Maputo — A project is currently under way to produce light oil in the southern Mozambican province of Inhambane, the chairperson of the National Petroleum Institute (INP), Carlos Zacarias, told a Maputo press conference on Thursday.
The amounts involved will be small, he said, amounting to 5,000 barrels a day. The light oil will come from a well in Inhassoro, forming part of the complex of hydrocarbon fields in Pande and Temane.
These fields have produced natural gas and condensate since 2004, and are operated by the South African petro-chemical giant, Sasol.
Zacarias also announced that, within two or three years, bottles of cooking gas will be produced from the Pande/Temane complex. He put future production at 20,000 tonnes of cooking gas a year, which will cover 70 per cent of Mozambique's current demand.
As for the huge offshore natural gas reserves in the Rovuma Basin, off the coast of the northern province of Cabo Delgado, Zacarias put the total proposed investment in liquefied natural gas (LNG) production at 50 billion US dollars.
The smallest of the current projects, and the one that will come into production first, is the floating LNG platform that will be anchored in the Mozambique Channel above the Coral South gas field. This platform is under construction in a South Korean shipyard, and Zacarias said it is now 60 per cent complete.
He expected the platform to be towed to the Mozambique Channel in 2021 and, after tests have been made, liquefaction and the export of LNG will begin in 2022. This will be the world's first ultra-deep water LNG unit, operating at a depth of 2,000 metres.
The Coral South field is within Rovuma Basin Area Four, where the operator is the Italian energy company, ENI. The floating platform is expected to produce 3.4 million tonnes of LNG a year. The British company BP has contracted to purchase all the LNG produced by the floating units for the next 20 years.
The projects for building LNG onshore plants in the Afungi Peninsula, in Palma district, are not so far advanced. The consortium headed by the French company Total intends to build two LNG plants (known as "trains") which will process gas from the Golfinho/Atum fields in Rovuma Basin Area One.
These are expected to produce 12.88 million tonnes of LNG a year, but the start of production is not expected until 2024.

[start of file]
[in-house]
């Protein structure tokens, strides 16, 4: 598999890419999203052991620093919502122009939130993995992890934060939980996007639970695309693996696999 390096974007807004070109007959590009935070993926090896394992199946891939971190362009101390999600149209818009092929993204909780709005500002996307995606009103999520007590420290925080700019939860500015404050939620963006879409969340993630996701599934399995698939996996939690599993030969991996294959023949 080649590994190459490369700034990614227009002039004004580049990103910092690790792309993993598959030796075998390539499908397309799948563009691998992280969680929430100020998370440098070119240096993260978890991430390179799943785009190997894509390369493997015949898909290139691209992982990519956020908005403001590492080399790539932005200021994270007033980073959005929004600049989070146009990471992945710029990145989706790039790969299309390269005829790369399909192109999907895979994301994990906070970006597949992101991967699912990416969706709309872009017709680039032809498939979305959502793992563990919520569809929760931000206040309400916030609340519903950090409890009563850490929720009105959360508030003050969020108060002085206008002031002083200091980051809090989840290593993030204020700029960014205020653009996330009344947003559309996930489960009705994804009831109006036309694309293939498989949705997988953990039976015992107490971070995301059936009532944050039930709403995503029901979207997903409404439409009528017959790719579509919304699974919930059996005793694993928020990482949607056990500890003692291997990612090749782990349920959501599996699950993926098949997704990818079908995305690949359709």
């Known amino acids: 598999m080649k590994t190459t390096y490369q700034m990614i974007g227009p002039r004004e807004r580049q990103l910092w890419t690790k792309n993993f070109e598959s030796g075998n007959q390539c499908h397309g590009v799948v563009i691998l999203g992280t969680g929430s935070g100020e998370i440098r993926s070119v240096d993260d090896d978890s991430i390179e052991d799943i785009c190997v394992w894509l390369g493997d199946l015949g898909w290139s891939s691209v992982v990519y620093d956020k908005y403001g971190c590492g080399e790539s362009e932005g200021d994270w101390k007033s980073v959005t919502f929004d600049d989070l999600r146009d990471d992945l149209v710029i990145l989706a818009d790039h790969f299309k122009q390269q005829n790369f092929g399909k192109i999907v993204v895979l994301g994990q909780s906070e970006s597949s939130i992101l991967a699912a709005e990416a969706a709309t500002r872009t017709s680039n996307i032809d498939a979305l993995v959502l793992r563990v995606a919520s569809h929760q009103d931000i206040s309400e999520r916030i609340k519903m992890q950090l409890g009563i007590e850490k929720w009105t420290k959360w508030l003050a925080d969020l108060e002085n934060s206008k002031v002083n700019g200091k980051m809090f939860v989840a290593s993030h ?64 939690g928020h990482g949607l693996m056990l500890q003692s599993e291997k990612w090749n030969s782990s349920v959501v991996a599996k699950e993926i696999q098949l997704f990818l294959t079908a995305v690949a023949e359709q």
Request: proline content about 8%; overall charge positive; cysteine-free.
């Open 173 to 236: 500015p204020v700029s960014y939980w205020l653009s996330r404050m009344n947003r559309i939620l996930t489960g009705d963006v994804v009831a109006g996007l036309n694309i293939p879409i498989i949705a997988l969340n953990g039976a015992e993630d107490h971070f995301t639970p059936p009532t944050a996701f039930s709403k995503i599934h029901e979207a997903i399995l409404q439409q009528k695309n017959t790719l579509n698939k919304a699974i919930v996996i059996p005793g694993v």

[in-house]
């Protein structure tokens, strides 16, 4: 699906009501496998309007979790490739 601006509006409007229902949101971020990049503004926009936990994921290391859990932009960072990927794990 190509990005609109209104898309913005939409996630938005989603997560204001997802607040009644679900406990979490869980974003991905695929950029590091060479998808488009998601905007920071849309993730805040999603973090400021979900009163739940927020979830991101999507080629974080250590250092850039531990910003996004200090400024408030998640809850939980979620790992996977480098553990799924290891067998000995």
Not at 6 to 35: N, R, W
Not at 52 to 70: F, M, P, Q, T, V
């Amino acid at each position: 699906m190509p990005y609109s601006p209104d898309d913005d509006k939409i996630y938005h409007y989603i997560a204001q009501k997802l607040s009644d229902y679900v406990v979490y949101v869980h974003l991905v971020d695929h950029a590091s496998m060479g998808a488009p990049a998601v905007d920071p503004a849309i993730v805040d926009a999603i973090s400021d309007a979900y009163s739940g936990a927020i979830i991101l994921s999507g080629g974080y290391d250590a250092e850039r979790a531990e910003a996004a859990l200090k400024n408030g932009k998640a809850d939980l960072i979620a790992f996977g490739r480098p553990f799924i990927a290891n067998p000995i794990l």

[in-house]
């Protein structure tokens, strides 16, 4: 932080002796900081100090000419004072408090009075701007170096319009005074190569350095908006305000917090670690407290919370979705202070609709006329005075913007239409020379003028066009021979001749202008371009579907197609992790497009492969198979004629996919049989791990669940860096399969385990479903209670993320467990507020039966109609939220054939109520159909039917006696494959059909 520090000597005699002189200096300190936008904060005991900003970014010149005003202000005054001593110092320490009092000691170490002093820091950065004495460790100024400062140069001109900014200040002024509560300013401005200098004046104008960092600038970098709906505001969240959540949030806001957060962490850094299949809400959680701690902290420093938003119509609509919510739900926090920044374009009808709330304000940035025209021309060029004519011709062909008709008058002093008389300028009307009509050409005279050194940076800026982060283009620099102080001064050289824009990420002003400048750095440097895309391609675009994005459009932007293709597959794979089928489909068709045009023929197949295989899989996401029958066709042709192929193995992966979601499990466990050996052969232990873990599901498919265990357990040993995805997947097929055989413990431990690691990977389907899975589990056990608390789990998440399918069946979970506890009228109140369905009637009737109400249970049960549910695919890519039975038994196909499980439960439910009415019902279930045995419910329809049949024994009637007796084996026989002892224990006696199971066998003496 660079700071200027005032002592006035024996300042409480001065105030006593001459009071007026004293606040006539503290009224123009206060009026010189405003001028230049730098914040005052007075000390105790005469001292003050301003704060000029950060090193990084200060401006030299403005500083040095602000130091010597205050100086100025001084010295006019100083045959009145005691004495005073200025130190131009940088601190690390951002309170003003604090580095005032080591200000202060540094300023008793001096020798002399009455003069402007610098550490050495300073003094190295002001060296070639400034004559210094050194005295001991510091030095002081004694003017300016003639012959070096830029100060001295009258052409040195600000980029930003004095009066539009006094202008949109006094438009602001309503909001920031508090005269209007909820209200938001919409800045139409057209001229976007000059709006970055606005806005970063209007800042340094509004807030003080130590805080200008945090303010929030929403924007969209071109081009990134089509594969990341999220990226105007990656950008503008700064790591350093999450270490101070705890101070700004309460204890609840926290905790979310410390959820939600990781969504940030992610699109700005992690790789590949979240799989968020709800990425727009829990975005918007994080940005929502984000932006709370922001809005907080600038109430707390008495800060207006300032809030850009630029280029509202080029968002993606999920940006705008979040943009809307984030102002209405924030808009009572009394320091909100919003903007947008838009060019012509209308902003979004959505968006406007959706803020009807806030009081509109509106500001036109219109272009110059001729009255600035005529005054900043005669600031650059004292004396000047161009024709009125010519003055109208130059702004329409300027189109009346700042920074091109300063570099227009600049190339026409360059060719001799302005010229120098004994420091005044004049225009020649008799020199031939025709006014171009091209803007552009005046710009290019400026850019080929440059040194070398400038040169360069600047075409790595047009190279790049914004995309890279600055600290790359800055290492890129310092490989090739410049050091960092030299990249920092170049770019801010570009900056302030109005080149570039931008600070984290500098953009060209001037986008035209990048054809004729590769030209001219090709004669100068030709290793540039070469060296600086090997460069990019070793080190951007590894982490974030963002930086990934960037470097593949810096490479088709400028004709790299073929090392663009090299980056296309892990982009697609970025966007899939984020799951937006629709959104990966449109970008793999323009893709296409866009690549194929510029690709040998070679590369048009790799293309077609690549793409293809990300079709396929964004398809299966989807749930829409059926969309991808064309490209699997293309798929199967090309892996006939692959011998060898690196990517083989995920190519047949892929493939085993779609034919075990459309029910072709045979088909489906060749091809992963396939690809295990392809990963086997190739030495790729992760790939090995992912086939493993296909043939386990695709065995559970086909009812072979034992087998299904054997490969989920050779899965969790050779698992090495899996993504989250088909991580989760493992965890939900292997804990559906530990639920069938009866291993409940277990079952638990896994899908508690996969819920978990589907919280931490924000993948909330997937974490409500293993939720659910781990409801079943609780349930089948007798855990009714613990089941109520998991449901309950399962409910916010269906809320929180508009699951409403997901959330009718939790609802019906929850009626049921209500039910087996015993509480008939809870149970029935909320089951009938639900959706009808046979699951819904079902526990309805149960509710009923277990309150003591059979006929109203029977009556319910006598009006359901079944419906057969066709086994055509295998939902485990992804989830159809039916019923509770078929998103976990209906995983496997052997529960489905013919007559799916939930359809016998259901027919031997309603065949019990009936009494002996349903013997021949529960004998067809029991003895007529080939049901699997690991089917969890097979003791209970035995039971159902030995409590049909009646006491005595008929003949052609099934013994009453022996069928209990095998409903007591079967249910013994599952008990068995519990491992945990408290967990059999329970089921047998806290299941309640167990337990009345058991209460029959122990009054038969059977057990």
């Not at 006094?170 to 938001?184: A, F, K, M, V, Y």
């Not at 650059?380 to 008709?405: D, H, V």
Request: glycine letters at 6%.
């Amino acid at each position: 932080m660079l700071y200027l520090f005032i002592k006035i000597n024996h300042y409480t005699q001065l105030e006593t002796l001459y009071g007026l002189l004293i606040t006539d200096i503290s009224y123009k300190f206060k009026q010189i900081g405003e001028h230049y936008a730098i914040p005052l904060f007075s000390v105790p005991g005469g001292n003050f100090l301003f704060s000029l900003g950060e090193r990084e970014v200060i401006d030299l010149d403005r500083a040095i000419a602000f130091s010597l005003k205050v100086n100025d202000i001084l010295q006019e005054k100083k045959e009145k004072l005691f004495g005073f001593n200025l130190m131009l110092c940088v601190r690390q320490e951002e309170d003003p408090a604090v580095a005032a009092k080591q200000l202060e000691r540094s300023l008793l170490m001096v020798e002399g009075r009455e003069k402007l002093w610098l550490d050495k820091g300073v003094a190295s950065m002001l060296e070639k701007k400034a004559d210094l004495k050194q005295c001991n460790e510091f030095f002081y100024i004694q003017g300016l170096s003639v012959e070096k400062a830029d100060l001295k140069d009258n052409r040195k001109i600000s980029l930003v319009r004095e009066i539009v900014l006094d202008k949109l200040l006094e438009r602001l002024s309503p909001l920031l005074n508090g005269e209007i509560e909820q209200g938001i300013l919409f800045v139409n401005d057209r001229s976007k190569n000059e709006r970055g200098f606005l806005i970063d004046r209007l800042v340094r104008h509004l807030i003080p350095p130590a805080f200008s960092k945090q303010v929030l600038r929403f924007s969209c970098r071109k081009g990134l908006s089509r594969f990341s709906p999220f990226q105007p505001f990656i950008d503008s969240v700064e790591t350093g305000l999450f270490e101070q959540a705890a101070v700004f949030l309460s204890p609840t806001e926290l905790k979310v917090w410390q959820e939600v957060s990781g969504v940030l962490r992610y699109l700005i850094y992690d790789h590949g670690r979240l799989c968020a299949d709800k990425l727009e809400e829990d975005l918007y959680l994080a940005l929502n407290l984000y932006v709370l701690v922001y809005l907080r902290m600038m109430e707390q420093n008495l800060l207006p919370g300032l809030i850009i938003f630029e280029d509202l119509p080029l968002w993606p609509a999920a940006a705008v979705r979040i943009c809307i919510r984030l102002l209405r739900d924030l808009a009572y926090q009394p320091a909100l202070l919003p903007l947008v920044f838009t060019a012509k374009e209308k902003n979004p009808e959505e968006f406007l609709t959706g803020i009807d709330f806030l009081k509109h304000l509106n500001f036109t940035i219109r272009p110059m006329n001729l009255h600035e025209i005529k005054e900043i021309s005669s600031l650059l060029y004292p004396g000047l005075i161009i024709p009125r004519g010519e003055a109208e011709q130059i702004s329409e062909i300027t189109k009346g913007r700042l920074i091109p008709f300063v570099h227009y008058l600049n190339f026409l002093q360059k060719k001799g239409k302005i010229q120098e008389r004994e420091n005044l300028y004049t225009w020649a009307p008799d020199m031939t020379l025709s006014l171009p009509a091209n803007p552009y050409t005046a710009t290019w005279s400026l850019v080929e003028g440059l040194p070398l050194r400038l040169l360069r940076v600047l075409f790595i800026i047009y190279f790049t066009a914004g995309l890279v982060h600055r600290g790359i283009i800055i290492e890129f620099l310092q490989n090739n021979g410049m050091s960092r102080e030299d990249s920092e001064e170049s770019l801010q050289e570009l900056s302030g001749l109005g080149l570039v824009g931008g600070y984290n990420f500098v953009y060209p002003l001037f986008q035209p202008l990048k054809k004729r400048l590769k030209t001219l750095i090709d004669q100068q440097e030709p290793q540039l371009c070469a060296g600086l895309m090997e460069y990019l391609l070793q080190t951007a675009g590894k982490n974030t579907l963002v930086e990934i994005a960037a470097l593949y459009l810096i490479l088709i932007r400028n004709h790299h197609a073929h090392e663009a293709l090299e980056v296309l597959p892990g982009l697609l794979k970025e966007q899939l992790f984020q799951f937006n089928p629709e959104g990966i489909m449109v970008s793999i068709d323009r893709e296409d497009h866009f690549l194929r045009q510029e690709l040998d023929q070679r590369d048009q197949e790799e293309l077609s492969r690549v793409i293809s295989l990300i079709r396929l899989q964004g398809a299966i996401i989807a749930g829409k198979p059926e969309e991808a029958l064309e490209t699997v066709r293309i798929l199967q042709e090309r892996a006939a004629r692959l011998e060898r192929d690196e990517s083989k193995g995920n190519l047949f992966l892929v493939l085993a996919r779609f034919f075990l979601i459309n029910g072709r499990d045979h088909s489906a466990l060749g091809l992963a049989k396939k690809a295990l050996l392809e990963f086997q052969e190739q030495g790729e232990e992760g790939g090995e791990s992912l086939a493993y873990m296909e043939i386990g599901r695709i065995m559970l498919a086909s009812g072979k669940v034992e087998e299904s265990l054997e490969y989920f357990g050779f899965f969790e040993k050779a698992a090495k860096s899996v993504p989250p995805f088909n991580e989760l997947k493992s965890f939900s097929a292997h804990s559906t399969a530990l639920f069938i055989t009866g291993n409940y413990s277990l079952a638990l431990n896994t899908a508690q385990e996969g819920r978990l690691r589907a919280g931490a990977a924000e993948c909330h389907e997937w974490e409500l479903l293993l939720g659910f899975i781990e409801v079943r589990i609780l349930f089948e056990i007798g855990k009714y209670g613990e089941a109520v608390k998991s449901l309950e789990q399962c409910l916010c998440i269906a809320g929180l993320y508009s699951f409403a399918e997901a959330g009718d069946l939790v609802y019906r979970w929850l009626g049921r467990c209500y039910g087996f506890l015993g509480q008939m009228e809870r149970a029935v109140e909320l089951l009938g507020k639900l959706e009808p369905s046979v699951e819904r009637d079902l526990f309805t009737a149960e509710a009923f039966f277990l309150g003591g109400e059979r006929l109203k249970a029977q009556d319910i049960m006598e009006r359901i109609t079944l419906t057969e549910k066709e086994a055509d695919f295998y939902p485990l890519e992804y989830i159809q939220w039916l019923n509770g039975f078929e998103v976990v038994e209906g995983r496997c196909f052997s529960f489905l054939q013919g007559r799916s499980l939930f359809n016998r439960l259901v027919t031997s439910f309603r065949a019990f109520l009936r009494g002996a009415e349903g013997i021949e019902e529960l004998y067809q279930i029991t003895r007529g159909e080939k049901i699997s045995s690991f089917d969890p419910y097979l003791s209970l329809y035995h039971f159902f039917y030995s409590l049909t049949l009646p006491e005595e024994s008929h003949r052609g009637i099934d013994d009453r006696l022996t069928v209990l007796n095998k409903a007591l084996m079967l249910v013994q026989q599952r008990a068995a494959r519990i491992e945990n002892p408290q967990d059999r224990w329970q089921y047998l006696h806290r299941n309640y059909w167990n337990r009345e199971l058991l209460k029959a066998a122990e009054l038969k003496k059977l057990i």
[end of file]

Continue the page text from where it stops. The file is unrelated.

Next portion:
A somewhat larger amount of LNG is expected from trains built by the American oil and gas giant ExxonMobil, which is partnering ENI in Area Four. ExxonMobil will use gas from the Mamba field in Area Four. It is also planning to build two trains, which should produce 15.2 million tonnes of LNG a year. But, unlike the Coral South and Golfinho/Atum projects, no Final Investment Decision has yet been taken by ExxonMobil and other members of the consortium it heads, known as Mozambique Rovuma Venture.
With perhaps five years, Zacarias predicted, Mozambique could be producing 30 million tonnes of LNG a year, which would put it among the four largest LNG producers in the world.
Zacarias said that the INP has been checking the figures from the oil and gas companies for their recoverable costs. With support from the World Bank, the INP has been certifying the costs. This was nothing new, Zacarias added, since the INP had been certifying Sasol's costs for the Pande and Temane fields since 2004.
The INP now has reports for Rovuma Basin Areas One and Four covering 2015, 2016 and 2017. These audits were carried out with the support of the British company Bayphase Geologists, Engineers and Investment Analysts. The companies declared that about two billion dollars worth of costs should be considered as recoverable.
The audits concluded that, of this sum, 33 million dollars were not eligible for recovery - a discrepancy of only 1.7 per cent.